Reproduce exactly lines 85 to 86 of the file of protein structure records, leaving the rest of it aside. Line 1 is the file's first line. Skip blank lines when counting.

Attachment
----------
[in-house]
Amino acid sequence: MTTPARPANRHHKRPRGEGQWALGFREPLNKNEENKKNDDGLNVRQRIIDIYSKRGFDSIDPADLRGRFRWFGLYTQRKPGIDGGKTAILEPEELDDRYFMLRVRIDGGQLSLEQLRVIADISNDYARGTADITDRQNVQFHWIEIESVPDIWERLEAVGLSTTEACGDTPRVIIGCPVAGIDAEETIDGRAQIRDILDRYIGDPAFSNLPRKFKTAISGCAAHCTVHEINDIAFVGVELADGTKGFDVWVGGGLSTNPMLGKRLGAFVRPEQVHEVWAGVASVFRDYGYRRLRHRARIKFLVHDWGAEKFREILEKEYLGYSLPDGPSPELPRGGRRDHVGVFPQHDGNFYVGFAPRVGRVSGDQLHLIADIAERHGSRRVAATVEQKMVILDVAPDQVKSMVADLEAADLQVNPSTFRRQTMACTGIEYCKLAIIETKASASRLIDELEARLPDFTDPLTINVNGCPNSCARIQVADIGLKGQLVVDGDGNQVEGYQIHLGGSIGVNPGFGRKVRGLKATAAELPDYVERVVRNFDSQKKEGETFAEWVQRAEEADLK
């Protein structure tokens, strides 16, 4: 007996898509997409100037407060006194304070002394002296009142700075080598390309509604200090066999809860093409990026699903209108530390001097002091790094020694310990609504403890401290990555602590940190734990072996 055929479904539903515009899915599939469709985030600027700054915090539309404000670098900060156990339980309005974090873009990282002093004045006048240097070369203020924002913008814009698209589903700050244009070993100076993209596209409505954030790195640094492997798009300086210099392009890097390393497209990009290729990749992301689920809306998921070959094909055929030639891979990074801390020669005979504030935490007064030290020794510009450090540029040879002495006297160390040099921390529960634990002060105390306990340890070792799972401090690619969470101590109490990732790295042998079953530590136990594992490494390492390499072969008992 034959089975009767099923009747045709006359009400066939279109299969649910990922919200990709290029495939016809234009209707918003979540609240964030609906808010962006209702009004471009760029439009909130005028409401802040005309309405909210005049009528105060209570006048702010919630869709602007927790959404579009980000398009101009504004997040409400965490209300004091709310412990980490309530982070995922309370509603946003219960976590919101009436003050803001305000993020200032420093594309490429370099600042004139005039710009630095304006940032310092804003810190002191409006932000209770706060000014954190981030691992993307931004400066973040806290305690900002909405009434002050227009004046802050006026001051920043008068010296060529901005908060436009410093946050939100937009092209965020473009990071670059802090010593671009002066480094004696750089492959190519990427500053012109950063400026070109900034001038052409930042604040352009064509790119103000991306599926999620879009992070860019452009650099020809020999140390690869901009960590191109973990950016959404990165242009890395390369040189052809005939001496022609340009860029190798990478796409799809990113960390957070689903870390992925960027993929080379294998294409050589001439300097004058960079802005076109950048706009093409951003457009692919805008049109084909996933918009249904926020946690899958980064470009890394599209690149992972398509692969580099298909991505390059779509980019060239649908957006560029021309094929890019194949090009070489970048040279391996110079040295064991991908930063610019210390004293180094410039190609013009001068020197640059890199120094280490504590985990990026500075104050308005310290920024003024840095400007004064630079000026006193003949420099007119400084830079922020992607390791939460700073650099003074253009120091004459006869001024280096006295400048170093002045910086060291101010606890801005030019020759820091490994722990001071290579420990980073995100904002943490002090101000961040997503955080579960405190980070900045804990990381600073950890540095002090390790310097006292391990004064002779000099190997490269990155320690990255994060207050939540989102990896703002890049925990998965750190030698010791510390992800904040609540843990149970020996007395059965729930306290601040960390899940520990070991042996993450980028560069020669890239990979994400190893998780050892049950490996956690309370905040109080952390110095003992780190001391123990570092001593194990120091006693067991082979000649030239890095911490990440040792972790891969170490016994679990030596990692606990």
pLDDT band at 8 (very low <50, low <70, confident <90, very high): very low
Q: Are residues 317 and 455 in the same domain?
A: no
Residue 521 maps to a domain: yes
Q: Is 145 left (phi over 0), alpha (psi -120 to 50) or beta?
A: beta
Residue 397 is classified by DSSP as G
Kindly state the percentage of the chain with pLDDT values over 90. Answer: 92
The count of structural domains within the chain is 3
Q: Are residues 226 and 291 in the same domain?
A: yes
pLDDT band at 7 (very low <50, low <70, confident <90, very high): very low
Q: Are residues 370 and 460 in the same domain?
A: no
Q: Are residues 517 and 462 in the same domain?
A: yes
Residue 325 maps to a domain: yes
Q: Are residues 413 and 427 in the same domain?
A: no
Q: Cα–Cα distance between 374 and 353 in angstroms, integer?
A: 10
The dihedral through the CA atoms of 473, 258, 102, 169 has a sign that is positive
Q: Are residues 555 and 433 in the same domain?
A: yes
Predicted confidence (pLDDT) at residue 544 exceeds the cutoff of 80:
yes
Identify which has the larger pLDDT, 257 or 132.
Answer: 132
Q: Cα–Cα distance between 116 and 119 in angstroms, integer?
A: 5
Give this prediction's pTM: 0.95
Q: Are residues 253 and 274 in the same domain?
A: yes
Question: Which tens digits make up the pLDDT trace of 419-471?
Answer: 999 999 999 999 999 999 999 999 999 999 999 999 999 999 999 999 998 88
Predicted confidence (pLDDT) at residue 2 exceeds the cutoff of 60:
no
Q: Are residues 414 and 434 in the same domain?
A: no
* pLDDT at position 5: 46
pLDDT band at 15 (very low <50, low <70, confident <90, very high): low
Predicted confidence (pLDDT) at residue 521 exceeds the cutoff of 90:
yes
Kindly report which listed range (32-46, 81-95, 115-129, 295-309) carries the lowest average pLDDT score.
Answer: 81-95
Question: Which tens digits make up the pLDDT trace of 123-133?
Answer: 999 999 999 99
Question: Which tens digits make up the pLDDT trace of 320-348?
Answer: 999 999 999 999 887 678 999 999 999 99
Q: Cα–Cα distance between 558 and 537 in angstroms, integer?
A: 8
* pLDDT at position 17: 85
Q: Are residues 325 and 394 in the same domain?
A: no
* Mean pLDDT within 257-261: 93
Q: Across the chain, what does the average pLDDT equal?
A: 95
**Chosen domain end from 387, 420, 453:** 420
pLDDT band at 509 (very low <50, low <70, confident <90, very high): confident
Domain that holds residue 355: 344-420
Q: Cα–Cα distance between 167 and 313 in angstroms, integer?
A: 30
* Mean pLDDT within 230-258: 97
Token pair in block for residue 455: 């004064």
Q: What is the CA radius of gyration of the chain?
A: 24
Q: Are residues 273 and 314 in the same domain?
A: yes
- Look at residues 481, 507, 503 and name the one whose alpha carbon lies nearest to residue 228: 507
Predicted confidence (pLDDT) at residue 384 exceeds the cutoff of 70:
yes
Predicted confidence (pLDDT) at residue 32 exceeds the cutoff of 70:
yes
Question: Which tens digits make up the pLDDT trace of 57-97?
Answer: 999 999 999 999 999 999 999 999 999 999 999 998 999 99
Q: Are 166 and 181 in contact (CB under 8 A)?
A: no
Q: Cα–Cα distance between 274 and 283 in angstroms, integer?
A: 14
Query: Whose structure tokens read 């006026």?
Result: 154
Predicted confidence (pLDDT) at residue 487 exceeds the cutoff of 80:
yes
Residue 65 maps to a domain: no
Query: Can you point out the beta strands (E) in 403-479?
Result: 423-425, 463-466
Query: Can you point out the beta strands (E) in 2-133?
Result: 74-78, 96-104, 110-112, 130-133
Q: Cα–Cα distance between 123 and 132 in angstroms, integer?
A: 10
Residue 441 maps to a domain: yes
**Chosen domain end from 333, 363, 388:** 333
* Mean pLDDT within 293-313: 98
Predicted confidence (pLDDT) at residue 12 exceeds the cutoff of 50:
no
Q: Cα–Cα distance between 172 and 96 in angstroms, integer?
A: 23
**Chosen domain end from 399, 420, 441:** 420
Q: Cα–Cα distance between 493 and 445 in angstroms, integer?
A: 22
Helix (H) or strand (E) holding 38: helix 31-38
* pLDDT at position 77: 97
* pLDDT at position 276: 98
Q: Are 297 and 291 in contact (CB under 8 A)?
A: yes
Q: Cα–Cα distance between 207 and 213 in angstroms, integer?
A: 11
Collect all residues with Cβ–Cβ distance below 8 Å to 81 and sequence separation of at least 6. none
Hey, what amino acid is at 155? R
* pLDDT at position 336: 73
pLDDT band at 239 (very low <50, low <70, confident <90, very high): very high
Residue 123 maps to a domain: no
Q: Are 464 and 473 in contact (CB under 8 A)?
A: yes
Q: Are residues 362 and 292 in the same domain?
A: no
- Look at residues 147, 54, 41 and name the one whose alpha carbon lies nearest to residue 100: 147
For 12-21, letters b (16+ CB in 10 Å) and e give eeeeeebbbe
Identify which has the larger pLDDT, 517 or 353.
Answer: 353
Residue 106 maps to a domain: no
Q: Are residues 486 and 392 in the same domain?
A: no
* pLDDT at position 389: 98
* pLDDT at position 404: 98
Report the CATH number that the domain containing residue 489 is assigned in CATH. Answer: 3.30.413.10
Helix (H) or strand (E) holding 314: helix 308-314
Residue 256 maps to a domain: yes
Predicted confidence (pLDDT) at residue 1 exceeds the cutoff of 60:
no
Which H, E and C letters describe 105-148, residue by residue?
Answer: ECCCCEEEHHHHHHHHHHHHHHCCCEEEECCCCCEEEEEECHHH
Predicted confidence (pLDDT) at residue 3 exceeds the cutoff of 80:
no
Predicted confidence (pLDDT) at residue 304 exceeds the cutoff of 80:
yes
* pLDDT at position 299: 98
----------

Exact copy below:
Predicted confidence (pLDDT) at residue 487 exceeds the cutoff of 80:
yes